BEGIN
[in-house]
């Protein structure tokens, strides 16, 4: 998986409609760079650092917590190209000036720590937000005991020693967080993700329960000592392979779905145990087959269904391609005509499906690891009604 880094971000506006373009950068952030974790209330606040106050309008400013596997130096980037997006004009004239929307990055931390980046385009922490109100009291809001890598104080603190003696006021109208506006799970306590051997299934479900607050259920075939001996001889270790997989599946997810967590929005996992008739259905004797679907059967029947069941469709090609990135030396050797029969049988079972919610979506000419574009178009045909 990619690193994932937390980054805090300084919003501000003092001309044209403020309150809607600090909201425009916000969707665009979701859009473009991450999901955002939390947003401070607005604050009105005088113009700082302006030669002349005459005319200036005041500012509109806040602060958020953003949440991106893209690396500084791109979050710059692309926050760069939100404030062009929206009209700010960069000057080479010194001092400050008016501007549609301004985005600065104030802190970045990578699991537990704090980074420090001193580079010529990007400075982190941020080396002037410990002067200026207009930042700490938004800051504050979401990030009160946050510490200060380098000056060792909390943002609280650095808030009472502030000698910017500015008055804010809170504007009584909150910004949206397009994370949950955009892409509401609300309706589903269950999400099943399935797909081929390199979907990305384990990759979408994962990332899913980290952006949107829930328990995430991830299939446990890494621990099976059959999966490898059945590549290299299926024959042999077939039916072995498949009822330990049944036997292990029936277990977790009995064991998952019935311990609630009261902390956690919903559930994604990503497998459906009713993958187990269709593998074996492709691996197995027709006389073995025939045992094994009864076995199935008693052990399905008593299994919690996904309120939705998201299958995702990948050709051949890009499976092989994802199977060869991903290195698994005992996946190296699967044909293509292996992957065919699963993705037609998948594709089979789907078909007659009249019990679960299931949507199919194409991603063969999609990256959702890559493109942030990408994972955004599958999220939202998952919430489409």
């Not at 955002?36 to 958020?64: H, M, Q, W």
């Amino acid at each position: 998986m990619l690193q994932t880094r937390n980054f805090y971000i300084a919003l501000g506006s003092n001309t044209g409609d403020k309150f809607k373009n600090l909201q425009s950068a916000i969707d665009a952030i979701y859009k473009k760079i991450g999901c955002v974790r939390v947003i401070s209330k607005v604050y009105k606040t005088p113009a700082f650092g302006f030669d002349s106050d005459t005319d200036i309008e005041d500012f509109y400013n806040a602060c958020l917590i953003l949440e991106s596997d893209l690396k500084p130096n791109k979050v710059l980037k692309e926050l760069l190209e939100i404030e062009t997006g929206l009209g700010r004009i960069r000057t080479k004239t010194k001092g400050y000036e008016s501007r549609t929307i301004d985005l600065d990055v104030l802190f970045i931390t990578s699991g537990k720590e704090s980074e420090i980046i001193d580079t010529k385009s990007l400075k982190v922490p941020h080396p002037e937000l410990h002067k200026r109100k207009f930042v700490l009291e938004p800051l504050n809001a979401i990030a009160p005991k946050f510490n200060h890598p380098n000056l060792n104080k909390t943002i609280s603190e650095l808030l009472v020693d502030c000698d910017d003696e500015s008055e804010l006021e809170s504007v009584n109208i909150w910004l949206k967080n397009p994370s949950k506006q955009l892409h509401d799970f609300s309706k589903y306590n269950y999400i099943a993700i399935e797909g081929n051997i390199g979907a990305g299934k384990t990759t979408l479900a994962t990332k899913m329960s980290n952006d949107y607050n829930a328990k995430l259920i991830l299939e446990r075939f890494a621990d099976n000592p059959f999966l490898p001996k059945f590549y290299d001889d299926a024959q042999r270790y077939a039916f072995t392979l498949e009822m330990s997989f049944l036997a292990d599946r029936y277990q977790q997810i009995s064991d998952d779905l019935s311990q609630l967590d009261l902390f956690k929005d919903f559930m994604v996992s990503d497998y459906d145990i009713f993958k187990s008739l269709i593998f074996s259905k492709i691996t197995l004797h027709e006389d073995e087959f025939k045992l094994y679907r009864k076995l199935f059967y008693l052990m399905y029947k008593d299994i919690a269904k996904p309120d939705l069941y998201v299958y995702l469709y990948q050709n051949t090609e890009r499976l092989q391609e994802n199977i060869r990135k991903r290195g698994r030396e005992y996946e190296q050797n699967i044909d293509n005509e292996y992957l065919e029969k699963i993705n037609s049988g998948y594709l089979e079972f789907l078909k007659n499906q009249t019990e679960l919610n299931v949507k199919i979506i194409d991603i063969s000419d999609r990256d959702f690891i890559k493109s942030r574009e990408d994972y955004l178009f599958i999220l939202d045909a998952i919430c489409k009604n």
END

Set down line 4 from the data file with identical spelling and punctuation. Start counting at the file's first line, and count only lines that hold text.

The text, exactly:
């Amino acid at each position: 998986m990619l690193q994932t880094r937390n980054f805090y971000i300084a919003l501000g506006s003092n001309t044209g409609d403020k309150f809607k373009n600090l909201q425009s950068a916000i969707d665009a952030i979701y859009k473009k760079i991450g999901c955002v974790r939390v947003i401070s209330k607005v604050y009105k606040t005088p113009a700082f650092g302006f030669d002349s106050d005459t005319d200036i309008e005041d500012f509109y400013n806040a602060c958020l917590i953003l949440e991106s596997d893209l690396k500084p130096n791109k979050v710059l980037k692309e926050l760069l190209e939100i404030e062009t997006g929206l009209g700010r004009i960069r000057t080479k004239t010194k001092g400050y000036e008016s501007r549609t929307i301004d985005l600065d990055v104030l802190f970045i931390t990578s699991g537990k720590e704090s980074e420090i980046i001193d580079t010529k385009s990007l400075k982190v922490p941020h080396p002037e937000l410990h002067k200026r109100k207009f930042v700490l009291e938004p800051l504050n809001a979401i990030a009160p005991k946050f510490n200060h890598p380098n000056l060792n104080k909390t943002i609280s603190e650095l808030l009472v020693d502030c000698d910017d003696e500015s008055e804010l006021e809170s504007v009584n109208i909150w910004l949206k967080n397009p994370s949950k506006q955009l892409h509401d799970f609300s309706k589903y306590n269950y999400i099943a993700i399935e797909g081929n051997i390199g979907a990305g299934k384990t990759t979408l479900a994962t990332k899913m329960s980290n952006d949107y607050n829930a328990k995430l259920i991830l299939e446990r075939f890494a621990d099976n000592p059959f999966l490898p001996k059945f590549y290299d001889d299926a024959q042999r270790y077939a039916f072995t392979l498949e009822m330990s997989f049944l036997a292990d599946r029936y277990q977790q997810i009995s064991d998952d779905l019935s311990q609630l967590d009261l902390f956690k929005d919903f559930m994604v996992s990503d497998y459906d145990i009713f993958k187990s008739l269709i593998f074996s259905k492709i691996t197995l004797h027709e006389d073995e087959f025939k045992l094994y679907r009864k076995l199935f059967y008693l052990m399905y029947k008593d299994i919690a269904k996904p309120d939705l069941y998201v299958y995702l469709y990948q050709n051949t090609e890009r499976l092989q391609e994802n199977i060869r990135k991903r290195g698994r030396e005992y996946e190296q050797n699967i044909d293509n005509e292996y992957l065919e029969k699963i993705n037609s049988g998948y594709l089979e079972f789907l078909k007659n499906q009249t019990e679960l919610n299931v949507k199919i979506i194409d991603i063969s000419d999609r990256d959702f690891i890559k493109s942030r574009e990408d994972y955004l178009f599958i999220l939202d045909a998952i919430c489409k009604n």